Contact:

#14

Post by maxwelldeux »

outdoorcats wrote: November 16th, 2021, 5:02 am
blocho wrote: November 16th, 2021, 4:19 am If I know almost nothing about Canadian history, will I get anything from seeing The 20th Century?
I think so. It's an alternate/fantasy history anyway, and its humor seems to be riffing more on absurd Canadian stereotypes than in-jokes for Canadians only. (think Guy Maddin meets Canadian Bacon)
Well that's a hell of a description... I'm oddly intrigued enough to be in.
User avatar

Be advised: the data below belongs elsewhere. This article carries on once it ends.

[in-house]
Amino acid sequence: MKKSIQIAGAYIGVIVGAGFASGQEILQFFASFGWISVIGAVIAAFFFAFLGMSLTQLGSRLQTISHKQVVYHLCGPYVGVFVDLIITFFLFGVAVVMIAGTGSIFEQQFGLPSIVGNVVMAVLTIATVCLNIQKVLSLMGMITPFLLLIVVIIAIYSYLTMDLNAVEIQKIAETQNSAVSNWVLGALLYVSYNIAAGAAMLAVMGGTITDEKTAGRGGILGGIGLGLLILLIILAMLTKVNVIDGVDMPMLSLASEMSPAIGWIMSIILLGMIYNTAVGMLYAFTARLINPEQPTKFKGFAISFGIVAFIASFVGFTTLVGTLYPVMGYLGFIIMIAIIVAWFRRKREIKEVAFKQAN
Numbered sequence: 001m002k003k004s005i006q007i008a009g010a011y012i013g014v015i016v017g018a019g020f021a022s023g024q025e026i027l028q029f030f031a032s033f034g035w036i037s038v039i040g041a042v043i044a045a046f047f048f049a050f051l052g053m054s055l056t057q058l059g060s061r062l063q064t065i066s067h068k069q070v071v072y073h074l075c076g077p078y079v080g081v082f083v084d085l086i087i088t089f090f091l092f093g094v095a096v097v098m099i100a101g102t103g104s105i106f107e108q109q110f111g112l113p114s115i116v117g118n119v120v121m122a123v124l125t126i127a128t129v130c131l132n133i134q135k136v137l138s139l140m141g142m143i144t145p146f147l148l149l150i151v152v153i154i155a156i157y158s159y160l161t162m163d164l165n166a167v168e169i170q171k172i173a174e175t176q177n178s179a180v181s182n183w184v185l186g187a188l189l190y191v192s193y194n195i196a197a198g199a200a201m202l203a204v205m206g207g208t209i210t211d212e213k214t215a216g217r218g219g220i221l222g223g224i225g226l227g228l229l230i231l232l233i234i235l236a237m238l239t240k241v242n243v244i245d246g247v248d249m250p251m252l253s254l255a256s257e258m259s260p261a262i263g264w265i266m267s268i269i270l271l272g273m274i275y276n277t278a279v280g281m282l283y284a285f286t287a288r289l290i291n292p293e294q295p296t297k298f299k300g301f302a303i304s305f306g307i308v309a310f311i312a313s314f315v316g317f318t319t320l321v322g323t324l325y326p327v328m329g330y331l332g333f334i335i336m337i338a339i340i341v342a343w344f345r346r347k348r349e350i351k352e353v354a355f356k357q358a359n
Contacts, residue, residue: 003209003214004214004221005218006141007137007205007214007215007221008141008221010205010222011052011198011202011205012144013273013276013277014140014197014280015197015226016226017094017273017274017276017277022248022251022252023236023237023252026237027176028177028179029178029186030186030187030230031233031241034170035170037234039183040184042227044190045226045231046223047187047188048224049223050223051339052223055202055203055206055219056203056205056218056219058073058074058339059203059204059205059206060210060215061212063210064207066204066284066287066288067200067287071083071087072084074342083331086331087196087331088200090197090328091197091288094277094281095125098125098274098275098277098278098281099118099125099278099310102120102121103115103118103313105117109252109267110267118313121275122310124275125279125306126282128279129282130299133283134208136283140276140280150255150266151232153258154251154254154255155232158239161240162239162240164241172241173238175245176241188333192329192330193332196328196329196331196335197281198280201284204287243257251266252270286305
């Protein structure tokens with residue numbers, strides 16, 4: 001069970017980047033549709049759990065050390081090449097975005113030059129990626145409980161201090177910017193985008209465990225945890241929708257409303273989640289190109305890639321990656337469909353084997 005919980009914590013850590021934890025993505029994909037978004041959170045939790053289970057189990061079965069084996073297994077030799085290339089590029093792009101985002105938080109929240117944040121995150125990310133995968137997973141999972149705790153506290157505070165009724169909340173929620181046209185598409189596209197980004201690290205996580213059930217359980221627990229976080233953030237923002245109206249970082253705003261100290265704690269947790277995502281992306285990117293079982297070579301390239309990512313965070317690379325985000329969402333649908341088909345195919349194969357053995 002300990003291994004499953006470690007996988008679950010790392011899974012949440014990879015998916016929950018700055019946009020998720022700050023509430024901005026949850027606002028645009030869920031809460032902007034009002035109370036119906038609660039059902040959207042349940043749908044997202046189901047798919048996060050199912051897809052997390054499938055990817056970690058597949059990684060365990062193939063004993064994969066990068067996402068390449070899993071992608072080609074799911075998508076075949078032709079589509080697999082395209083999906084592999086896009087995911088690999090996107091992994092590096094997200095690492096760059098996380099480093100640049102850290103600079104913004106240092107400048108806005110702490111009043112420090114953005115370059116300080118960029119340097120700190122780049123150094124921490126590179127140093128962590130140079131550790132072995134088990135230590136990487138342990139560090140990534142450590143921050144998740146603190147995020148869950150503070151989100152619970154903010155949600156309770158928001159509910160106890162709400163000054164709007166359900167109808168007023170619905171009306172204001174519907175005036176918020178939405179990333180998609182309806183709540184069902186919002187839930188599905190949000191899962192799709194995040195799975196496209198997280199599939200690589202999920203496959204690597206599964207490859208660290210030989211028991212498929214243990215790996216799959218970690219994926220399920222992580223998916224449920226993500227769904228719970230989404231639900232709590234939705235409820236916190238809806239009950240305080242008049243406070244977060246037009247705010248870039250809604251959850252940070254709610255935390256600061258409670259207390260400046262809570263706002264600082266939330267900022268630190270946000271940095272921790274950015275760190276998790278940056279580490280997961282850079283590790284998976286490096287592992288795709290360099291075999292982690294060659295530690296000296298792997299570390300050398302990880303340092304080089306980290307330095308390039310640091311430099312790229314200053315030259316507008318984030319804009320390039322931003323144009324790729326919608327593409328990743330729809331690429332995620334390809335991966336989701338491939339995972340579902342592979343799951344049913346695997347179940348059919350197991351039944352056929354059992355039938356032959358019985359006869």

pitchorneirda
Posts: 1353
Joined: February 11th, 2019, 12:07 pm
Location: France
Contact:

#15

Post by pitchorneirda »

"There Is No Evil" is almost too good to be in the contest, I think it's one class above the rest even if I still have much to discover, but no bad films so far
"La Ciudad Oculta" satisfied my curiosity longer than hurluberlu, but I agree the beginning is the strongest part
"Art is like a fire, it is born from the very thing it burns" - Jean-Luc Godard
User avatar
hurluberlu
Donator
Posts: 2864
Joined: January 4th, 2017, 7:00 am
Contact:

#16

Post by hurluberlu »

The Twentieth Century (Matthew Rankin, 2019) 6+